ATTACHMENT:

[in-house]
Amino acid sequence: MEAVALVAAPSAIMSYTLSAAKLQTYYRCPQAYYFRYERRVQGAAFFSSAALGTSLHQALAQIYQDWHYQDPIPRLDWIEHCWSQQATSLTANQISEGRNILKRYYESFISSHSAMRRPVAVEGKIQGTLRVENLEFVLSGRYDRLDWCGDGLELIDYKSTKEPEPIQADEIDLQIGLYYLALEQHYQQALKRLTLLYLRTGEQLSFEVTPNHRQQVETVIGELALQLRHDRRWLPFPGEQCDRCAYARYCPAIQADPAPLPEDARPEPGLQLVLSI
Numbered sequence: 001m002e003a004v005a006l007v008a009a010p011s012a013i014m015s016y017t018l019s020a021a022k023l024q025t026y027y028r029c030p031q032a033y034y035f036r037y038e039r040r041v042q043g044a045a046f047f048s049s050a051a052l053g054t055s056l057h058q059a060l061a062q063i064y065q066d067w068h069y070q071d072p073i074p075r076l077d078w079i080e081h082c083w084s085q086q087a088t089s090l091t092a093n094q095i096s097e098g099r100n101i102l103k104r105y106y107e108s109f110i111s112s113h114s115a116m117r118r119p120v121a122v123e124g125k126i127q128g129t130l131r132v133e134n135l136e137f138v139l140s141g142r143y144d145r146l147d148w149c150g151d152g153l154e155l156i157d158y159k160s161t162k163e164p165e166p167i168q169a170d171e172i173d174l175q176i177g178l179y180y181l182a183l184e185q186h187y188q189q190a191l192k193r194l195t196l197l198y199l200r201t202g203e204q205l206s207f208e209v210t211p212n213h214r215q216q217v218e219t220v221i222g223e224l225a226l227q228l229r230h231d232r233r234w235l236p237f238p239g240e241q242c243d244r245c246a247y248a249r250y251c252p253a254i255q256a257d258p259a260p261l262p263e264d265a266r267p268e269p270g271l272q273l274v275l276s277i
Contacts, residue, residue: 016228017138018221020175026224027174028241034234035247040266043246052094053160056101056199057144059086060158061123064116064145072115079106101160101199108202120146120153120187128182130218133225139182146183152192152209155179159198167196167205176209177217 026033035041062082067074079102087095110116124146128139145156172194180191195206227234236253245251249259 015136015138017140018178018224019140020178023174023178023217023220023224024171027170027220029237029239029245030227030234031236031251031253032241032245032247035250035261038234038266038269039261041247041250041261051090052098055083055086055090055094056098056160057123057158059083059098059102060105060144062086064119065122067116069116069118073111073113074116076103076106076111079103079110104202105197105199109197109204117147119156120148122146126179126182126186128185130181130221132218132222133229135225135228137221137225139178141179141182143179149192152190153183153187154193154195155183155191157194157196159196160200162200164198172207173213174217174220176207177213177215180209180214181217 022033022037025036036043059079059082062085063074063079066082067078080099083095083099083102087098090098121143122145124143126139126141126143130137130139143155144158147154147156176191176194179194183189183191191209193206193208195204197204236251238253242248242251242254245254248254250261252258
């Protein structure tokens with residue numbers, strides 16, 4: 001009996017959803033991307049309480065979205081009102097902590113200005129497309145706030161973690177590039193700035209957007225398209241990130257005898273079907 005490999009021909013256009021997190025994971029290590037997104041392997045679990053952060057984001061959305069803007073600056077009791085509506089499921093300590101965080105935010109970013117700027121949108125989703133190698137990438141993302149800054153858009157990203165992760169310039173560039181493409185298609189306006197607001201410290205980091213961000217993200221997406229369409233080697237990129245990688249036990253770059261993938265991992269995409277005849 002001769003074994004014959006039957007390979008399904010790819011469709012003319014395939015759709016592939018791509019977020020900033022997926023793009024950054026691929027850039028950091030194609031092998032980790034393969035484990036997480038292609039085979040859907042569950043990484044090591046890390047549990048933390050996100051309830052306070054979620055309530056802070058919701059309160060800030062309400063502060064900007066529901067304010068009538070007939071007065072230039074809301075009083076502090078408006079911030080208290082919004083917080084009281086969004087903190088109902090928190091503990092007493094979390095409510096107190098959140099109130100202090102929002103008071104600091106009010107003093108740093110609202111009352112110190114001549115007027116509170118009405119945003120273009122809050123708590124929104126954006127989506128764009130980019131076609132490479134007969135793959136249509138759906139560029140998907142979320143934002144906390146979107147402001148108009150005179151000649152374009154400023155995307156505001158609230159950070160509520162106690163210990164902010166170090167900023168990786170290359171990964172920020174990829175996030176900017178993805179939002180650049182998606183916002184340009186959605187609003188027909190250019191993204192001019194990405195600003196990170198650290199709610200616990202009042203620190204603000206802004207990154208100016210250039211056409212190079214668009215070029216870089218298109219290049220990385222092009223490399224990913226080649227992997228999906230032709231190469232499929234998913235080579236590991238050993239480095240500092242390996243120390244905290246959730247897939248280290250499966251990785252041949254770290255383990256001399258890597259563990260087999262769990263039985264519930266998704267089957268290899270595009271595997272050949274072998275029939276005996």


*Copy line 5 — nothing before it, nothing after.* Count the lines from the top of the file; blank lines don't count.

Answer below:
């Protein structure tokens with residue numbers, strides 16, 4: 001009996017959803033991307049309480065979205081009102097902590113200005129497309145706030161973690177590039193700035209957007225398209241990130257005898273079907 005490999009021909013256009021997190025994971029290590037997104041392997045679990053952060057984001061959305069803007073600056077009791085509506089499921093300590101965080105935010109970013117700027121949108125989703133190698137990438141993302149800054153858009157990203165992760169310039173560039181493409185298609189306006197607001201410290205980091213961000217993200221997406229369409233080697237990129245990688249036990253770059261993938265991992269995409277005849 002001769003074994004014959006039957007390979008399904010790819011469709012003319014395939015759709016592939018791509019977020020900033022997926023793009024950054026691929027850039028950091030194609031092998032980790034393969035484990036997480038292609039085979040859907042569950043990484044090591046890390047549990048933390050996100051309830052306070054979620055309530056802070058919701059309160060800030062309400063502060064900007066529901067304010068009538070007939071007065072230039074809301075009083076502090078408006079911030080208290082919004083917080084009281086969004087903190088109902090928190091503990092007493094979390095409510096107190098959140099109130100202090102929002103008071104600091106009010107003093108740093110609202111009352112110190114001549115007027116509170118009405119945003120273009122809050123708590124929104126954006127989506128764009130980019131076609132490479134007969135793959136249509138759906139560029140998907142979320143934002144906390146979107147402001148108009150005179151000649152374009154400023155995307156505001158609230159950070160509520162106690163210990164902010166170090167900023168990786170290359171990964172920020174990829175996030176900017178993805179939002180650049182998606183916002184340009186959605187609003188027909190250019191993204192001019194990405195600003196990170198650290199709610200616990202009042203620190204603000206802004207990154208100016210250039211056409212190079214668009215070029216870089218298109219290049220990385222092009223490399224990913226080649227992997228999906230032709231190469232499929234998913235080579236590991238050993239480095240500092242390996243120390244905290246959730247897939248280290250499966251990785252041949254770290255383990256001399258890597259563990260087999262769990263039985264519930266998704267089957268290899270595009271595997272050949274072998275029939276005996």